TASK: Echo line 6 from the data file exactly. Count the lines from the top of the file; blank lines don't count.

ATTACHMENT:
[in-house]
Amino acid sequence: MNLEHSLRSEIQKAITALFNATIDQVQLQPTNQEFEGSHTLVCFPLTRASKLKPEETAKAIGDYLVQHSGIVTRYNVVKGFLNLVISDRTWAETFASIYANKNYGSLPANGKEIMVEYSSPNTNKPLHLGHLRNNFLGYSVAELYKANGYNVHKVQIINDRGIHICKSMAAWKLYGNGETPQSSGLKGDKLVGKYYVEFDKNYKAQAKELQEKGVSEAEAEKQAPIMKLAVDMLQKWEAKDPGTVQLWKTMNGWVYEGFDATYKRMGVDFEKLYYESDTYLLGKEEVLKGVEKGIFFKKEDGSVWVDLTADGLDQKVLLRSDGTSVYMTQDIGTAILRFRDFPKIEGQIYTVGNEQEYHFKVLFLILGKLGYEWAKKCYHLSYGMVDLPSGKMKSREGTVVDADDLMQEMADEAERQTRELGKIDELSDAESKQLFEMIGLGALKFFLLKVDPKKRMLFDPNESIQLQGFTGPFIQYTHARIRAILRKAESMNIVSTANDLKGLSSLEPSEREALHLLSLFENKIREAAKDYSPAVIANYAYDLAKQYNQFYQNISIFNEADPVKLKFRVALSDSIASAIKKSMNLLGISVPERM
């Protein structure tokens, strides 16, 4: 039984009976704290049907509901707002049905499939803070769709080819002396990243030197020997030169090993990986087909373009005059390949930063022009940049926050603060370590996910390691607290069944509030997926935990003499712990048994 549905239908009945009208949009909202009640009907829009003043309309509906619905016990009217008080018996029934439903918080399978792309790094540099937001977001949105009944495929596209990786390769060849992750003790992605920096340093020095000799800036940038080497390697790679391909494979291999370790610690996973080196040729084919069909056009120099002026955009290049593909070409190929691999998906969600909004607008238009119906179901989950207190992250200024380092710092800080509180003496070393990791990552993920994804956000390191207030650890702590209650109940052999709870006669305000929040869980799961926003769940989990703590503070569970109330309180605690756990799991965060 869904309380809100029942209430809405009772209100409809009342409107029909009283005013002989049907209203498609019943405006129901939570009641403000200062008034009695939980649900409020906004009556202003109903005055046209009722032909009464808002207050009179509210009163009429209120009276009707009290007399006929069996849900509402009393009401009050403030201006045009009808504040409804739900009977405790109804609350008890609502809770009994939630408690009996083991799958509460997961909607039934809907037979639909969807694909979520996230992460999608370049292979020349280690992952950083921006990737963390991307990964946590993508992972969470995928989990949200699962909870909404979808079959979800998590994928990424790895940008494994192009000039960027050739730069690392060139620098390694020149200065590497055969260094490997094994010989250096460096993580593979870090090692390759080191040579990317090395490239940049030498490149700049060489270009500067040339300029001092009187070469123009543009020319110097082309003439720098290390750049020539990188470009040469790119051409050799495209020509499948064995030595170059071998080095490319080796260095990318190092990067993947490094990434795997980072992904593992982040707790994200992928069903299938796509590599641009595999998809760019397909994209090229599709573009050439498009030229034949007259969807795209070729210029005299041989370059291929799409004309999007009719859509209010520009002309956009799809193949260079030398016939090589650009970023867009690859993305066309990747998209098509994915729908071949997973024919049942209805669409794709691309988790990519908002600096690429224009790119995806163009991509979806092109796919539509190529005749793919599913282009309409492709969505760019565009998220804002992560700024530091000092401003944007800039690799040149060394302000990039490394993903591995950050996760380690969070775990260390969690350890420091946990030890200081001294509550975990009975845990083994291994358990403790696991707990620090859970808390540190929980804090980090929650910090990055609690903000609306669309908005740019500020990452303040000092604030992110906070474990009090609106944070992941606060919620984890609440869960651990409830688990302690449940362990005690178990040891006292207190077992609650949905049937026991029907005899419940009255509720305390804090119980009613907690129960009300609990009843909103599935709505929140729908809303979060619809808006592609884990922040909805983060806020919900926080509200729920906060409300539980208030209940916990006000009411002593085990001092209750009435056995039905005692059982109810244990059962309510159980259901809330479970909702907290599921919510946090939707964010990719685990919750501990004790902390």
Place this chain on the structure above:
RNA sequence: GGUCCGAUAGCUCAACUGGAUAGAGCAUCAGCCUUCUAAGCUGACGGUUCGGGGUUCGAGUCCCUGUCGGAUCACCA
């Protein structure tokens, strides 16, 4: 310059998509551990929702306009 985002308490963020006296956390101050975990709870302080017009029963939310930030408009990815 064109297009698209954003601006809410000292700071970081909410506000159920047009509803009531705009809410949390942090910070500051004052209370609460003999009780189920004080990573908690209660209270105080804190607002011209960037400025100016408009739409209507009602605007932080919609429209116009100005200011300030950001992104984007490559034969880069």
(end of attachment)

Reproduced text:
């Protein structure tokens, strides 16, 4: 310059998509551990929702306009 985002308490963020006296956390101050975990709870302080017009029963939310930030408009990815 064109297009698209954003601006809410000292700071970081909410506000159920047009509803009531705009809410949390942090910070500051004052209370609460003999009780189920004080990573908690209660209270105080804190607002011209960037400025100016408009739409209507009602605007932080919609429209116009100005200011300030950001992104984007490559034969880069």